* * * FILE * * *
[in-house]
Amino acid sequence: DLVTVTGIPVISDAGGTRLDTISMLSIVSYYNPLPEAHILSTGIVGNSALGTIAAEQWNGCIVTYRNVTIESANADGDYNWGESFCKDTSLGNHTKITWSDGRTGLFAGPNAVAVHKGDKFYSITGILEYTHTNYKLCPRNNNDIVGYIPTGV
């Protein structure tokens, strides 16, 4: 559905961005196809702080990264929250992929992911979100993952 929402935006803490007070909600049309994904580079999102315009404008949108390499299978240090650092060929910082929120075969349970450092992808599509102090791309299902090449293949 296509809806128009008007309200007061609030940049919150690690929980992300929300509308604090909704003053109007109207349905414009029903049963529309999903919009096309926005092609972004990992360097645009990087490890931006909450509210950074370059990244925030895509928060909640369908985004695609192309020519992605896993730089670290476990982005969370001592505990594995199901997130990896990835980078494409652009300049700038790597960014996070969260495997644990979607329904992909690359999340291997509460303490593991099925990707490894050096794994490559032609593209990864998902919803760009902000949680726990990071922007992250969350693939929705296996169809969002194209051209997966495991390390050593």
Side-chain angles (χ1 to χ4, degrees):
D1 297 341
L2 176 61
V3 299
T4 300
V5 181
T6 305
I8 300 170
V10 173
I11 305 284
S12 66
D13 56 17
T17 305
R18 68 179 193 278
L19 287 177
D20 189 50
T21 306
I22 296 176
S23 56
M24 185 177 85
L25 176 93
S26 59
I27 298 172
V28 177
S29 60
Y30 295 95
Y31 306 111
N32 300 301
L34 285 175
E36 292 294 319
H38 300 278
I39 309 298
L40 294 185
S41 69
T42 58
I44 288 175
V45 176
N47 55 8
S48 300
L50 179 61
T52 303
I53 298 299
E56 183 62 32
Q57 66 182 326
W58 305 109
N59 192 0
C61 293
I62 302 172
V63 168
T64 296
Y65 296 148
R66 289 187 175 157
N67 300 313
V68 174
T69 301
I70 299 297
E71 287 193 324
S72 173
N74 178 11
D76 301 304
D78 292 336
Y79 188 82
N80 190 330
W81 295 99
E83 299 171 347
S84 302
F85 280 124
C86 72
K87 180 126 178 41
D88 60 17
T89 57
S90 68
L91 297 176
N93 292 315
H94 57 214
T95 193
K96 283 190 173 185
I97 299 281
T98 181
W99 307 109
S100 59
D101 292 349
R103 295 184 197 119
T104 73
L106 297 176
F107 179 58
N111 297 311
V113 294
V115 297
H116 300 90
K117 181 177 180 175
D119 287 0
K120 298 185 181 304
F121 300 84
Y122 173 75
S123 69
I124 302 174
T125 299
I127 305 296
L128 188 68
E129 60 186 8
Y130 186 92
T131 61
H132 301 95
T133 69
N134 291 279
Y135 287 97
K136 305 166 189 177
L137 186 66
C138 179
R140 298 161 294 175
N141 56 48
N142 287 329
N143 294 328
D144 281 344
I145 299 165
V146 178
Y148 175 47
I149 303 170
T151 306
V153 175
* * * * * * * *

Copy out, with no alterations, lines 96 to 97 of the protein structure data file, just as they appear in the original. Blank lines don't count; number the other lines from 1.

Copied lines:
K120 298 185 181 304
F121 300 84